Statement from the Renal Association.

Statement from the European Society of Cardiology.
Using your inhalers as prescribed will help cut your risk of an asthma attack being triggered by any respiratory virus, including coronavirus. Carry your reliever inhaler every day.

Even at this busy time for the NHS, getting early support for any problems with your lungs is critical to keep you well and out of hospital.

Some people with lung conditions are prescribed rescue packs of steroid tablets. If you're normally advised to have a rescue pack available to treat your lung condition then it's a good idea to check you have one.

Some patients with COPD who have exacerbations and normally have a rescue pack as part of their personalised action plan should continue to use these as recommended in their personalised plan.

Advice from the British Lung Foundation and Asthma UK is that rescue packs are not recommended for people with asthma as standard. If someone’s asthma is bad enough to consider rescue steroids, then it is essential that they are assessed by a healthcare professional.

If you have asthma, more health advice is available on the Asthma UK website here.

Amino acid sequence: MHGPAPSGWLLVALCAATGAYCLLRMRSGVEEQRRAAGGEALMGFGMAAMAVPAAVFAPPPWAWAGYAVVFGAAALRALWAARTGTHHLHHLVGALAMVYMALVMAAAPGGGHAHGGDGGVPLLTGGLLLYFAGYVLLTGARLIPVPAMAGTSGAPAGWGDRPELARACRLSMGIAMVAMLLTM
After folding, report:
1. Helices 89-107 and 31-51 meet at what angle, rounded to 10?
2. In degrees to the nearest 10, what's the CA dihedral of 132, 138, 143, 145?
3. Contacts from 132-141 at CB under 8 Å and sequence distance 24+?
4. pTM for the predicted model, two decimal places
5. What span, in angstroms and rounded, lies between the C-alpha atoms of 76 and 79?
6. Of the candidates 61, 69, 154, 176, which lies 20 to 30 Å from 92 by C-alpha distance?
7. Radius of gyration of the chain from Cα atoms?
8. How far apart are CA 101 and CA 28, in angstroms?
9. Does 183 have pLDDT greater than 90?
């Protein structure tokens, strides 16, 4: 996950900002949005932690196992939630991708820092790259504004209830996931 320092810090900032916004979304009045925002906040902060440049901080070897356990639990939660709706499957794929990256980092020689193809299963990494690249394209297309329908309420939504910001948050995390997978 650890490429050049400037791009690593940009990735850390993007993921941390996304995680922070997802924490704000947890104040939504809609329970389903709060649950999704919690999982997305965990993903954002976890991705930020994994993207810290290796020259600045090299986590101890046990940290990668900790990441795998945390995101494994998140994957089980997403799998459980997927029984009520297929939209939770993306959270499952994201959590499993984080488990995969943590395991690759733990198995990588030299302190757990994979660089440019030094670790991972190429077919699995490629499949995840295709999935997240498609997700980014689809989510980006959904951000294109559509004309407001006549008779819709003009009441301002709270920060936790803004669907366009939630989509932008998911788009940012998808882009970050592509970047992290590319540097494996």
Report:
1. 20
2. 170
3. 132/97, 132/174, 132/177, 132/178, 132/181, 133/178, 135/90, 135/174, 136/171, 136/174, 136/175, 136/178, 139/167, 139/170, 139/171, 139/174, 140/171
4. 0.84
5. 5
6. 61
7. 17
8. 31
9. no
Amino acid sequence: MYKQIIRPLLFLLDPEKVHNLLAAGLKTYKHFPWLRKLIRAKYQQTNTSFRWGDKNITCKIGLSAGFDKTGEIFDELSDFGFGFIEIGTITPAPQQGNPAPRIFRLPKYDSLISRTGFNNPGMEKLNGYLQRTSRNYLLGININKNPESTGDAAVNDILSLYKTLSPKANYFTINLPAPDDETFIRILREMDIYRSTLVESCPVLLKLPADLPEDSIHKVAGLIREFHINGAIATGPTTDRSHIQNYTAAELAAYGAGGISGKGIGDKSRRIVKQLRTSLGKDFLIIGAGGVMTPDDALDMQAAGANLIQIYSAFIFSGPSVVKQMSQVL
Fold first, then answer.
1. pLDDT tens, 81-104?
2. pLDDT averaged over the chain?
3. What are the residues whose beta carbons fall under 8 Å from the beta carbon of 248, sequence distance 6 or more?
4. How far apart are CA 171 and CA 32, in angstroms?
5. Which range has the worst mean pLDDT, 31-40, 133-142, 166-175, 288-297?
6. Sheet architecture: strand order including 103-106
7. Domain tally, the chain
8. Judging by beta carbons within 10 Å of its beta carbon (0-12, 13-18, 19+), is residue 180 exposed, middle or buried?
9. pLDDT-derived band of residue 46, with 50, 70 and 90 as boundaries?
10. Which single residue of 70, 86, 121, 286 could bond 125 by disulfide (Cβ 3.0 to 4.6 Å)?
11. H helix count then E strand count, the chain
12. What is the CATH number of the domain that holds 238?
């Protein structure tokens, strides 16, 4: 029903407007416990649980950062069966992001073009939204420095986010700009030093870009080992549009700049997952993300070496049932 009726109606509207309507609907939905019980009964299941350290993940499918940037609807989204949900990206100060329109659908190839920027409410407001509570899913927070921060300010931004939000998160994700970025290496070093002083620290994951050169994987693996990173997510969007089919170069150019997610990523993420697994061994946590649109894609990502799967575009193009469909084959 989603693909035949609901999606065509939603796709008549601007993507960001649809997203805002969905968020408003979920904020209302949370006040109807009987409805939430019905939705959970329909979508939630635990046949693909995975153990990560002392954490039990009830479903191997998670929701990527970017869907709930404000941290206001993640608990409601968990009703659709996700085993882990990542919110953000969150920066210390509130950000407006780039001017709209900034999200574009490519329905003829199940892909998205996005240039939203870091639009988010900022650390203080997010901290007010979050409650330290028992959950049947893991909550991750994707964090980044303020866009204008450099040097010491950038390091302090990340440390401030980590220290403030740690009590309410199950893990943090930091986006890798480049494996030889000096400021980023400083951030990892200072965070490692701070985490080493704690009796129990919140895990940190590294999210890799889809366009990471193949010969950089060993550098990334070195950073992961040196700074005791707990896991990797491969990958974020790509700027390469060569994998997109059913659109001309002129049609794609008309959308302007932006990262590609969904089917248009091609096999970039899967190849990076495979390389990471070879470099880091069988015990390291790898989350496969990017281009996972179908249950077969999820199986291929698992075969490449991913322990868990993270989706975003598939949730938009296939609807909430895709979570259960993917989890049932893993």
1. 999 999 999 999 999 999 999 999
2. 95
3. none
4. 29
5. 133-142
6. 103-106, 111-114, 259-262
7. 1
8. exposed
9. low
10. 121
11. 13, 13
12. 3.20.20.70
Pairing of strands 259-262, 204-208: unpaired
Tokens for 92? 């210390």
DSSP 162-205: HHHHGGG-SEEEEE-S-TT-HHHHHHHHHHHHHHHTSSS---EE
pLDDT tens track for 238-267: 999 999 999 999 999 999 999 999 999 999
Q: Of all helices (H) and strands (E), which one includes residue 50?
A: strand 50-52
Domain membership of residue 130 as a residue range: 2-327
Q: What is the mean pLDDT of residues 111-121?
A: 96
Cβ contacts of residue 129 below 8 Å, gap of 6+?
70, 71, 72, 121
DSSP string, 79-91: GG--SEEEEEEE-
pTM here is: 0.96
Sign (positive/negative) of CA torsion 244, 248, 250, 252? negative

The British Lung Foundation also have a page here providing useful advice.
If you only have mild asthma and your symptoms are controlled with a reliever inhaler (usually salbutamol or terbutaline), you don’t need to use a preventer inhaler.

Evidence shows that if your asthma is normally well controlled without needing to use a preventer inhaler (containing an inhaled steroid), you are unlikely to get any significant benefit from starting to use one.

We have seen an increase in the number of requests for preventer inhalers from people who don’t normally use them. At the same time, there has been a recent stock shortage of these inhalers. It is very important we make sure the people who rely on these inhalers can continue to get them so that their asthma doesn’t get worse. We will only prescribe inhaled steroids to patients who have a clinical need for them.
This information is not specific to patients with suspected Coronavirus.

If you are taking any of the following medicines and develop a dehydrating illness (diarrhoea, vomiting or a high temperature associated with not eating and drinking adequately) you should consult a Healthcare Professional.

  • ACEi e.g., enalapril, lisinopril, perinopril, or ramipril
  • ARBs e.g. candesartan, losartan, irbesartan or valsartan
  • Diuretics (water tablets) e.g. furosemide, indapamide, bumetanide, spironolactone, or eplerenone
  • Anti-inflammatories e.g.ibuprofen, naproxen, diclofenac, or indomethacin
  • Diabetes drugs including metformin, canagliflozin, dapagliflozin, empagliflozin and ertugliflozin.


  • If the Healthcare Professional advises stopping any of the above medications, then they should also advise when to restart your medication once you have recovered from the illness. Typically, this would be after 24 to 48 hours of eating and drinking normally.